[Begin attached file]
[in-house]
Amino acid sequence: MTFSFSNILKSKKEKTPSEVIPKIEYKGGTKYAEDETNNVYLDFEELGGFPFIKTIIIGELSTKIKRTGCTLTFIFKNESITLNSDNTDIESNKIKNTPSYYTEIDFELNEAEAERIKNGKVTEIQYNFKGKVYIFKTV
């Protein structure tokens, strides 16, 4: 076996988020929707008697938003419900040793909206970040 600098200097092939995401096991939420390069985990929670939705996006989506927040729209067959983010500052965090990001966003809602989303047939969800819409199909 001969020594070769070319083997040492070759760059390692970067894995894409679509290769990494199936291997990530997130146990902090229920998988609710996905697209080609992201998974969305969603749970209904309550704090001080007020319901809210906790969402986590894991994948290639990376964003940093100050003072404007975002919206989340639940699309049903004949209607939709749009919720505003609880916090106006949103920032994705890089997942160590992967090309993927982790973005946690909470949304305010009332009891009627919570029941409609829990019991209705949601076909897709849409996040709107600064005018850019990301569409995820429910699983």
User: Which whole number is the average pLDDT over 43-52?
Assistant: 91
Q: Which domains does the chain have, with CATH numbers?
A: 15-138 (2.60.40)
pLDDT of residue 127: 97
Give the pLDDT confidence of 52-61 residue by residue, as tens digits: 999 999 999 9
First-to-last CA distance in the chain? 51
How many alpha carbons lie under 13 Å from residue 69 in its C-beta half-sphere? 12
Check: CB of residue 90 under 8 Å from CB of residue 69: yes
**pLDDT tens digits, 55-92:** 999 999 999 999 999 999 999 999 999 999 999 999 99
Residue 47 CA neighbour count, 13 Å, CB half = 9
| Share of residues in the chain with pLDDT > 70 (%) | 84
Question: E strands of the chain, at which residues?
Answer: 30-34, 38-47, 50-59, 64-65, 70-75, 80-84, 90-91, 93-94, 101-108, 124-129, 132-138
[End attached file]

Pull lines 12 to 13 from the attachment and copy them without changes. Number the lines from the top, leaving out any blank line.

Check: CB of residue 90 under 8 Å from CB of residue 69: yes
**pLDDT tens digits, 55-92:** 999 999 999 999 999 999 999 999 999 999 999 999 99